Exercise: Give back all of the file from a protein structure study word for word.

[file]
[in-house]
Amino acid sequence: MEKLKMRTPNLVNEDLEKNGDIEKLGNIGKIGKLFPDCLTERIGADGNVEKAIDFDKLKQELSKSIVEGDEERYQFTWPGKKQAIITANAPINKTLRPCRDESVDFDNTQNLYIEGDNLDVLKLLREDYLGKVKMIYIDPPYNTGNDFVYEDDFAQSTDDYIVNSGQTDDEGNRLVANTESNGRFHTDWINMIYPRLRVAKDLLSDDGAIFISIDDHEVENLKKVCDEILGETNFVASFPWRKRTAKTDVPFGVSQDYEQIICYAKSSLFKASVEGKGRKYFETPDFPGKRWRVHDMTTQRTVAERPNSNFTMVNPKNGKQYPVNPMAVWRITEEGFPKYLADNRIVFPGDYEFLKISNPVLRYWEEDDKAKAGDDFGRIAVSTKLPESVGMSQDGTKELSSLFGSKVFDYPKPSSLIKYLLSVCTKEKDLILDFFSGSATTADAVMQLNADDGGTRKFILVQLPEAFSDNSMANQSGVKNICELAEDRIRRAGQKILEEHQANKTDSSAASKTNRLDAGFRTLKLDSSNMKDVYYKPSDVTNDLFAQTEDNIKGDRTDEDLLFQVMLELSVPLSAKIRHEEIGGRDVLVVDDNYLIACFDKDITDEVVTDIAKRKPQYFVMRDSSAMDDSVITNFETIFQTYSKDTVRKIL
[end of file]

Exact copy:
[in-house]
Amino acid sequence: MEKLKMRTPNLVNEDLEKNGDIEKLGNIGKIGKLFPDCLTERIGADGNVEKAIDFDKLKQELSKSIVEGDEERYQFTWPGKKQAIITANAPINKTLRPCRDESVDFDNTQNLYIEGDNLDVLKLLREDYLGKVKMIYIDPPYNTGNDFVYEDDFAQSTDDYIVNSGQTDDEGNRLVANTESNGRFHTDWINMIYPRLRVAKDLLSDDGAIFISIDDHEVENLKKVCDEILGETNFVASFPWRKRTAKTDVPFGVSQDYEQIICYAKSSLFKASVEGKGRKYFETPDFPGKRWRVHDMTTQRTVAERPNSNFTMVNPKNGKQYPVNPMAVWRITEEGFPKYLADNRIVFPGDYEFLKISNPVLRYWEEDDKAKAGDDFGRIAVSTKLPESVGMSQDGTKELSSLFGSKVFDYPKPSSLIKYLLSVCTKEKDLILDFFSGSATTADAVMQLNADDGGTRKFILVQLPEAFSDNSMANQSGVKNICELAEDRIRRAGQKILEEHQANKTDSSAASKTNRLDAGFRTLKLDSSNMKDVYYKPSDVTNDLFAQTEDNIKGDRTDEDLLFQVMLELSVPLSAKIRHEEIGGRDVLVVDDNYLIACFDKDITDEVVTDIAKRKPQYFVMRDSSAMDDSVITNFETIFQTYSKDTVRKIL